Stop Conflict Before it Starts

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Miranda never fought with her husband, Doug, prior to marriage. But after they got married, it seemed like everything became a frustration. In this real-life story, they both share their expectations going into marriage and they reveal their communication styles and issues with anger. They both realized what they were doing was not working, so they sought marriage counseling.


How has conflict changed in your marriage? Did you fight before you were married? Has it gotten worse or better?
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Changing the way we think can help switch our behavior, actions and habits and can stop conflict before it starts. In this video, Sheila talks to women about dealing with anger and the external triggers that can make conflict grow out of control. 

Sheila loves encouraging women to grow in their relationships with God and with their husbands, kids, and friends. She is a syndicated columnist, popular blogger and speaker and award-winning author of seven books, including How Big Is Your Umbrella: Weathering the Storms of Life.



Sheila's trigger points that lead to anger and conflict in marriage:
  1. Feeling overwhelmed  or busy
  2. Feeling tired.
  3. Feeling defensive
  4. Feeling disconnected
  5. Feeling hormonal

Think back to the last time you reacted in anger towards your husband. Were any of these five things in play? Which one of these things do you struggle with the most?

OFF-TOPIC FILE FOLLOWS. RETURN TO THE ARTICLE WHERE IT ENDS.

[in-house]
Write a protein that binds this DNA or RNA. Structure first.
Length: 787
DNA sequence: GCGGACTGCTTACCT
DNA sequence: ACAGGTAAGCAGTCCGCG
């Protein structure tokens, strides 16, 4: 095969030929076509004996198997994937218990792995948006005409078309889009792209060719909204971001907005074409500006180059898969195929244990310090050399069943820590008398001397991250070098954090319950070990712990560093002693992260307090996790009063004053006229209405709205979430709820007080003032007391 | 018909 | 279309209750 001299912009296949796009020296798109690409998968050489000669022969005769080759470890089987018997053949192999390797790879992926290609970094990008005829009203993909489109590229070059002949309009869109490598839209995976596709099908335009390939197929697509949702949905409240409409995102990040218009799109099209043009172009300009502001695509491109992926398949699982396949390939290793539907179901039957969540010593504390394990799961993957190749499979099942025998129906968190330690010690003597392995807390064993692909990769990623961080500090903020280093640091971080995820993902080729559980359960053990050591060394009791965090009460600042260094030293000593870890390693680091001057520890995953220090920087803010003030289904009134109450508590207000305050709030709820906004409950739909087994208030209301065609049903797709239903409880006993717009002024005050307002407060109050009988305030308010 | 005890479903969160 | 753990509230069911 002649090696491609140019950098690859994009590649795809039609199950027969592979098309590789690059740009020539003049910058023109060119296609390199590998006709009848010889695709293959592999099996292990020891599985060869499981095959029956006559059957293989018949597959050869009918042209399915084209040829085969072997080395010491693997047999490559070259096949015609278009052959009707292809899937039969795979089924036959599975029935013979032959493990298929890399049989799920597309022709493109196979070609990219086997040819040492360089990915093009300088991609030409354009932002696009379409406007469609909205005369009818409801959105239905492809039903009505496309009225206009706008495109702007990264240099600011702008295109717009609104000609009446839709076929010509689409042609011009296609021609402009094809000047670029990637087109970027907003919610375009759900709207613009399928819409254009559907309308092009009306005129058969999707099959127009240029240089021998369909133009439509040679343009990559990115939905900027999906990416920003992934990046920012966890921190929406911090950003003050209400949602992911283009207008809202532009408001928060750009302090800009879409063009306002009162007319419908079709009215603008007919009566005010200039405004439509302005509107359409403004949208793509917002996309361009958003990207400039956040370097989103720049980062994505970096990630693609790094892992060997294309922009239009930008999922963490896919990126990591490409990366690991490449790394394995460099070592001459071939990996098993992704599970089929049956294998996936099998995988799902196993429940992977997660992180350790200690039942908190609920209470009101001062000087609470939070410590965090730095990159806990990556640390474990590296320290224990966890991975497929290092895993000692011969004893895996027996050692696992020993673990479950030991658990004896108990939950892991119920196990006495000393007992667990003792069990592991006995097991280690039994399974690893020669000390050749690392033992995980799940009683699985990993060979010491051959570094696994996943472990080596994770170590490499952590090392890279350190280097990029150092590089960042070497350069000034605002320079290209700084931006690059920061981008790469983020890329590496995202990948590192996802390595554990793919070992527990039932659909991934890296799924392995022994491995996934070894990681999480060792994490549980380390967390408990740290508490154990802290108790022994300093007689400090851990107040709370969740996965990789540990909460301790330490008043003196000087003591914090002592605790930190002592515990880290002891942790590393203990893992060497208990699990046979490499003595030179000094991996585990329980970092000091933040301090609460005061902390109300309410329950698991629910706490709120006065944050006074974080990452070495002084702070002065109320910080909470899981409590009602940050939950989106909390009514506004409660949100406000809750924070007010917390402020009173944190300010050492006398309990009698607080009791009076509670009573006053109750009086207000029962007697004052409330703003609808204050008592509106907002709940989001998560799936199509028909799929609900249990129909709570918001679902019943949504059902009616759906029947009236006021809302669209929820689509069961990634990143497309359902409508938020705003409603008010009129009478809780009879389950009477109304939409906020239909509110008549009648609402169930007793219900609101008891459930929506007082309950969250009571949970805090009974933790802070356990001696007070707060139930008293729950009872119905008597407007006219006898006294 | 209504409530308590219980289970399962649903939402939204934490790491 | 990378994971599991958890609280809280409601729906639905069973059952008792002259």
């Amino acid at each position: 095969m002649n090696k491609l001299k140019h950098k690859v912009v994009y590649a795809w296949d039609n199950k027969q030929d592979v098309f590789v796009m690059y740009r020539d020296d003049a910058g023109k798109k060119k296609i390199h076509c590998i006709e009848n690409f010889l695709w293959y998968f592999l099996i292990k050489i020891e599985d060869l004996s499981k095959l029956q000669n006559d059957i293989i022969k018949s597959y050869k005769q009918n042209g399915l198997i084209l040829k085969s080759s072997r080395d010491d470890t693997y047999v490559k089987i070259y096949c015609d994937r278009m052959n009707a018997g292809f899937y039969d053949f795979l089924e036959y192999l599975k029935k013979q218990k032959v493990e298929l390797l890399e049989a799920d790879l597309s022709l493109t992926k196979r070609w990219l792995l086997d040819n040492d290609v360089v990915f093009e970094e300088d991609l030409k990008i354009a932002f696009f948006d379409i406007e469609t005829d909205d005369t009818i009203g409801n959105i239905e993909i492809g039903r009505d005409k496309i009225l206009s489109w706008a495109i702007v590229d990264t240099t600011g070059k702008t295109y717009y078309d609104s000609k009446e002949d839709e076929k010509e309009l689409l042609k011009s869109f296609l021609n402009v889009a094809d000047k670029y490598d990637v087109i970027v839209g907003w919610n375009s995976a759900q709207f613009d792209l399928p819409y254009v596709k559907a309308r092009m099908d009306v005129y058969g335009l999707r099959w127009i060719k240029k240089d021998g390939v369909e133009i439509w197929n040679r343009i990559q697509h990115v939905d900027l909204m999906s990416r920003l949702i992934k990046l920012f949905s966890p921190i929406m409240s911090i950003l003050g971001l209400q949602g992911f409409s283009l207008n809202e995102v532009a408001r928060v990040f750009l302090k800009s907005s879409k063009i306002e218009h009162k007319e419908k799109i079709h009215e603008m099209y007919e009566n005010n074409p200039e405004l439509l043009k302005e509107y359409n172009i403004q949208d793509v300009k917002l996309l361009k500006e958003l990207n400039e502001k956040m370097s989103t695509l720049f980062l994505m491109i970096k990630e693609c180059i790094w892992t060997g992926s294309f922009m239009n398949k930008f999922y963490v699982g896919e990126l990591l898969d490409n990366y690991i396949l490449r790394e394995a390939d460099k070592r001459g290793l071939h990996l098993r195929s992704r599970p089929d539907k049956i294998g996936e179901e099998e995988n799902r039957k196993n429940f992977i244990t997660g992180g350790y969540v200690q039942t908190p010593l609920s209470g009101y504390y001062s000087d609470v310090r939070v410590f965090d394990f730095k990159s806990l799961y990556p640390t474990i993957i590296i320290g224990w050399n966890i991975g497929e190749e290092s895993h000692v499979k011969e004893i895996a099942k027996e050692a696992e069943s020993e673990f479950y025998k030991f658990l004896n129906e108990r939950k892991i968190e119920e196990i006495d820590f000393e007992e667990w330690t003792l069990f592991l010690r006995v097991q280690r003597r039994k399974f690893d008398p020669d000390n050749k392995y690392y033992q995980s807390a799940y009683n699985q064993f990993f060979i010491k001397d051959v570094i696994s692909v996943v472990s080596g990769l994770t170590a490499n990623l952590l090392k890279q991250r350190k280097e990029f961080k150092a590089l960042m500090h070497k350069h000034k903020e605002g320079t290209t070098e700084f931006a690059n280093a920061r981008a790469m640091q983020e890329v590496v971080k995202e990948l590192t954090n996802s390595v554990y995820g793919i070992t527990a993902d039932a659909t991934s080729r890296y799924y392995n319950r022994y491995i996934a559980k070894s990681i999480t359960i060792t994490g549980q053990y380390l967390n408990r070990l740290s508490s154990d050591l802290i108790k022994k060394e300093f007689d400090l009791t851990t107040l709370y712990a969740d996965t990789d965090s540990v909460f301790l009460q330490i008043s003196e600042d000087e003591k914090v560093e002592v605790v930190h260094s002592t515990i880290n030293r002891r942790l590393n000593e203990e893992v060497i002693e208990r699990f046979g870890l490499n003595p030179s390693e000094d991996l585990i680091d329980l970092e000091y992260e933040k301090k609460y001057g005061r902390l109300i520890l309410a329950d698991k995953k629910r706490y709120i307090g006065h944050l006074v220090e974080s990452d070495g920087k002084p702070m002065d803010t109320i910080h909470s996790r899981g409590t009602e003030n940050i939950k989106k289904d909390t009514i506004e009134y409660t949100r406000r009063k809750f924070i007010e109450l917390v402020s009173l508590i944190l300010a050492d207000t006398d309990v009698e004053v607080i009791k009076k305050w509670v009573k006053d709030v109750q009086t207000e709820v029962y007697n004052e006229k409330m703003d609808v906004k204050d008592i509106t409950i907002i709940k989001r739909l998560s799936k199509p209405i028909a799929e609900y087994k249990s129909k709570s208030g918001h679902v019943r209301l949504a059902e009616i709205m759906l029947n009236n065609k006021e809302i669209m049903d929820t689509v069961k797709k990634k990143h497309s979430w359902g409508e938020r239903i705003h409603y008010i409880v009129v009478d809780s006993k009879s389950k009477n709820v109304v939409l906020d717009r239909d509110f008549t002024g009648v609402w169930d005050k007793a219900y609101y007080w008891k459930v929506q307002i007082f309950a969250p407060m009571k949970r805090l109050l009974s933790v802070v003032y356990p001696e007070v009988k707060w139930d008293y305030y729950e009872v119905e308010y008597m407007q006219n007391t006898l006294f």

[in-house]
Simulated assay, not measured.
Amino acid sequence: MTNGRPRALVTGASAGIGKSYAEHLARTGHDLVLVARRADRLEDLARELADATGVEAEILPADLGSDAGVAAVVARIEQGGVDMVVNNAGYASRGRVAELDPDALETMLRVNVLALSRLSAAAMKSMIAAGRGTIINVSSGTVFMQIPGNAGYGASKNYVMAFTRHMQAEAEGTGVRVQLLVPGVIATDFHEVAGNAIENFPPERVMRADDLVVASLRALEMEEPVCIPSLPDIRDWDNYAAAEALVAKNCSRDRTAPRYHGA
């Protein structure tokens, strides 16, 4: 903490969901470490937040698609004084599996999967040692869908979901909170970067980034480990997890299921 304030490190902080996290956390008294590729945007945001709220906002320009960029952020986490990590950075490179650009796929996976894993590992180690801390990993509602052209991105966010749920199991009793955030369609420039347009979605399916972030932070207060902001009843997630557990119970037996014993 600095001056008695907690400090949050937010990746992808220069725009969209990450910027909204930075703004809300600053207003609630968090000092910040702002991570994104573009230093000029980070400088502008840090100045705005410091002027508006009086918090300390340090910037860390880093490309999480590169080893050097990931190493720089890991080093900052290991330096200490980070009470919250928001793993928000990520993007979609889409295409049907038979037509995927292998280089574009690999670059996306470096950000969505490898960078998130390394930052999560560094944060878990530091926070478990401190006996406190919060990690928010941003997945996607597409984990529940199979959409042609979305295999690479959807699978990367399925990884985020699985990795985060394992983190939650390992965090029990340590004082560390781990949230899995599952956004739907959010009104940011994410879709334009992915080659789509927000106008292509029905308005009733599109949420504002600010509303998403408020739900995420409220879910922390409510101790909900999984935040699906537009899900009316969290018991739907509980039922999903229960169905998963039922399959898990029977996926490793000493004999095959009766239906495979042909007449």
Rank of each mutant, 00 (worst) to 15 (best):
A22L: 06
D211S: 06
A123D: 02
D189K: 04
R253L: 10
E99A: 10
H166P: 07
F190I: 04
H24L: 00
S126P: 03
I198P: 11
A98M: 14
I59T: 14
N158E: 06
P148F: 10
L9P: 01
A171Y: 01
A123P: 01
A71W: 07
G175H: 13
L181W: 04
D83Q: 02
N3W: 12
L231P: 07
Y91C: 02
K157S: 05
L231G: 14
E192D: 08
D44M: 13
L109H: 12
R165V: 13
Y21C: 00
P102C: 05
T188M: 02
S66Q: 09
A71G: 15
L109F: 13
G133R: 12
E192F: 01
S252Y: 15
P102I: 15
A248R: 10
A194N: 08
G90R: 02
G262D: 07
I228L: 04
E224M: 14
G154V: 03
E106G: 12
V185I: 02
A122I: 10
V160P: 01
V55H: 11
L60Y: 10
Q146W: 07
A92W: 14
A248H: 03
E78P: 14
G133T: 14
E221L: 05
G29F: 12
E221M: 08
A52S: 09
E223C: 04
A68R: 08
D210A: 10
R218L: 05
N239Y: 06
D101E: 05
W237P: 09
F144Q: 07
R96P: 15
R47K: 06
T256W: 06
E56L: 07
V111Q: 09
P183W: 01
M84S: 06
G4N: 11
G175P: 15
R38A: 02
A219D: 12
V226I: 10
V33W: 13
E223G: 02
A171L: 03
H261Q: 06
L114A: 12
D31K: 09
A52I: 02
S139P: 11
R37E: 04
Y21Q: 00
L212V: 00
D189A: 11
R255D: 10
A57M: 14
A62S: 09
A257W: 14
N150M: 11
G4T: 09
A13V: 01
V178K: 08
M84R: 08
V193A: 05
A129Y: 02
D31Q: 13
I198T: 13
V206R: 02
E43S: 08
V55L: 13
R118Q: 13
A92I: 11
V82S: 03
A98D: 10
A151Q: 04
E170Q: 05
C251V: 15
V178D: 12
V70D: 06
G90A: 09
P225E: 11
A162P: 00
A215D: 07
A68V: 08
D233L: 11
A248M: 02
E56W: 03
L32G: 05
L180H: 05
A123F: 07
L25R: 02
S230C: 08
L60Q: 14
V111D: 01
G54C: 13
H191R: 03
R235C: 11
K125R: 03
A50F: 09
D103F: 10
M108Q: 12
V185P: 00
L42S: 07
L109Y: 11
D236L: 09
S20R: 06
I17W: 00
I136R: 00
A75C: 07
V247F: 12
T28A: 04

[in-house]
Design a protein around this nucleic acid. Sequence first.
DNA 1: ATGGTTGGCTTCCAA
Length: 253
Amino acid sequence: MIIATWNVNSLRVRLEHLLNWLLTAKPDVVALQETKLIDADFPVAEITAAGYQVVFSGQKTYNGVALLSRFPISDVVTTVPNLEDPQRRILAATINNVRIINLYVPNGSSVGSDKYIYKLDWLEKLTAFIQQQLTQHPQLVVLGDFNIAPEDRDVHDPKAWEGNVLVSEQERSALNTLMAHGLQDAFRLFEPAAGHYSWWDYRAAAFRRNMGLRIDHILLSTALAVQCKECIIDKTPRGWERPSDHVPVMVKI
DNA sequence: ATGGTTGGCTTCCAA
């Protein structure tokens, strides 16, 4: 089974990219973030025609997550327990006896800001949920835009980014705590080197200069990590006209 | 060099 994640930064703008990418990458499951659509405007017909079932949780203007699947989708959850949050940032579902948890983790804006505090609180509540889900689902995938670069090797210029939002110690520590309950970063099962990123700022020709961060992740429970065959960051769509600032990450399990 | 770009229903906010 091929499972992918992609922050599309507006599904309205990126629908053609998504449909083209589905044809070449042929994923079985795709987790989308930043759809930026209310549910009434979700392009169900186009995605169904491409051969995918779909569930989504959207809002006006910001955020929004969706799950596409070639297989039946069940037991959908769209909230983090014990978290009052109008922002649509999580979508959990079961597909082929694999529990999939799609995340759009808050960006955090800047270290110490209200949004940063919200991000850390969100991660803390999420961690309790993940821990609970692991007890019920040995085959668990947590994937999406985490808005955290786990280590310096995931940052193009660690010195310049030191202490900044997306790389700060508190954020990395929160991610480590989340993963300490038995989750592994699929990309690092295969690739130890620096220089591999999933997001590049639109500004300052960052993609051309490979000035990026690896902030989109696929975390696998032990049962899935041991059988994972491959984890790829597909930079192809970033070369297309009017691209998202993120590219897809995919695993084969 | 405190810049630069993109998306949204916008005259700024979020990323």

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Sheila suggested we take the time to deal with any trigger points so that they don't lead to anger or conflict. Read the list below. Which ones do you need to do?

Choose all that apply

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Sheila's plan to stop conflict before it starts:
  1. Ask yourself, " Is there something else going on beneath the surface that is causing me to be angry?
  2. Ask yourself, "The things that I'm feeling, are they really true absolutely? Or is it right now?
  3. Talk with your husband and be honest with him.

What lies do you believe about your husband when you're in the midst of anger? What can you do to take a step back so that you can think through what is happening? How can you remember to separate your issues from your relationship so that you can believe the best about your husband?
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How is your relationship with your husband today? What specifically do you need to talk to him about that you have kept quiet to avoid conflict?
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Sheila wrote in her blog, "If we could notice our trigger points for conflict, we'd have far less conflict in our marriage. So take a good, long look at yourself—and resolve to deal with those triggers!"


For more information on resolving conflict in marriage and Sheila's blog, please visit www.tolovehonorandvacuum.com.